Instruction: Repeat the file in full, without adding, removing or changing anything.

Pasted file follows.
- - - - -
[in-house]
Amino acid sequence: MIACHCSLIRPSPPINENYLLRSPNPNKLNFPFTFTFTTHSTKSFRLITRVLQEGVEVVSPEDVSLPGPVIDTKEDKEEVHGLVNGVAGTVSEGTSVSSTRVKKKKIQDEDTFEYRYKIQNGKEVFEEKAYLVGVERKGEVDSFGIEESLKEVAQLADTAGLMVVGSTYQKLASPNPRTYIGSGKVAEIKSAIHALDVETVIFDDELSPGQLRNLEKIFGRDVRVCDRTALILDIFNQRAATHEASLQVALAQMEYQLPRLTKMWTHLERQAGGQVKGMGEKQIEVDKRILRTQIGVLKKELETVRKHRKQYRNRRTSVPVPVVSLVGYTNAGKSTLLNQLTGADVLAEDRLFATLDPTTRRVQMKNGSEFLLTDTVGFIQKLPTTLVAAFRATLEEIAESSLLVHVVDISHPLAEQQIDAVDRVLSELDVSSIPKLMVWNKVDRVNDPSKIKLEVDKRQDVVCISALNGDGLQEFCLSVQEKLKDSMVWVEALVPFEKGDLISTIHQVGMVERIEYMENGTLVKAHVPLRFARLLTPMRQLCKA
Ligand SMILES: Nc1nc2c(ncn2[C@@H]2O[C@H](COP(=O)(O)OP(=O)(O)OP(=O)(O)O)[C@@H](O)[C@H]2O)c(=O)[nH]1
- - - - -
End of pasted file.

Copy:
[in-house]
Amino acid sequence: MIACHCSLIRPSPPINENYLLRSPNPNKLNFPFTFTFTTHSTKSFRLITRVLQEGVEVVSPEDVSLPGPVIDTKEDKEEVHGLVNGVAGTVSEGTSVSSTRVKKKKIQDEDTFEYRYKIQNGKEVFEEKAYLVGVERKGEVDSFGIEESLKEVAQLADTAGLMVVGSTYQKLASPNPRTYIGSGKVAEIKSAIHALDVETVIFDDELSPGQLRNLEKIFGRDVRVCDRTALILDIFNQRAATHEASLQVALAQMEYQLPRLTKMWTHLERQAGGQVKGMGEKQIEVDKRILRTQIGVLKKELETVRKHRKQYRNRRTSVPVPVVSLVGYTNAGKSTLLNQLTGADVLAEDRLFATLDPTTRRVQMKNGSEFLLTDTVGFIQKLPTTLVAAFRATLEEIAESSLLVHVVDISHPLAEQQIDAVDRVLSELDVSSIPKLMVWNKVDRVNDPSKIKLEVDKRQDVVCISALNGDGLQEFCLSVQEKLKDSMVWVEALVPFEKGDLISTIHQVGMVERIEYMENGTLVKAHVPLRFARLLTPMRQLCKA
Ligand SMILES: Nc1nc2c(ncn2[C@@H]2O[C@H](COP(=O)(O)OP(=O)(O)OP(=O)(O)O)[C@@H](O)[C@H]2O)c(=O)[nH]1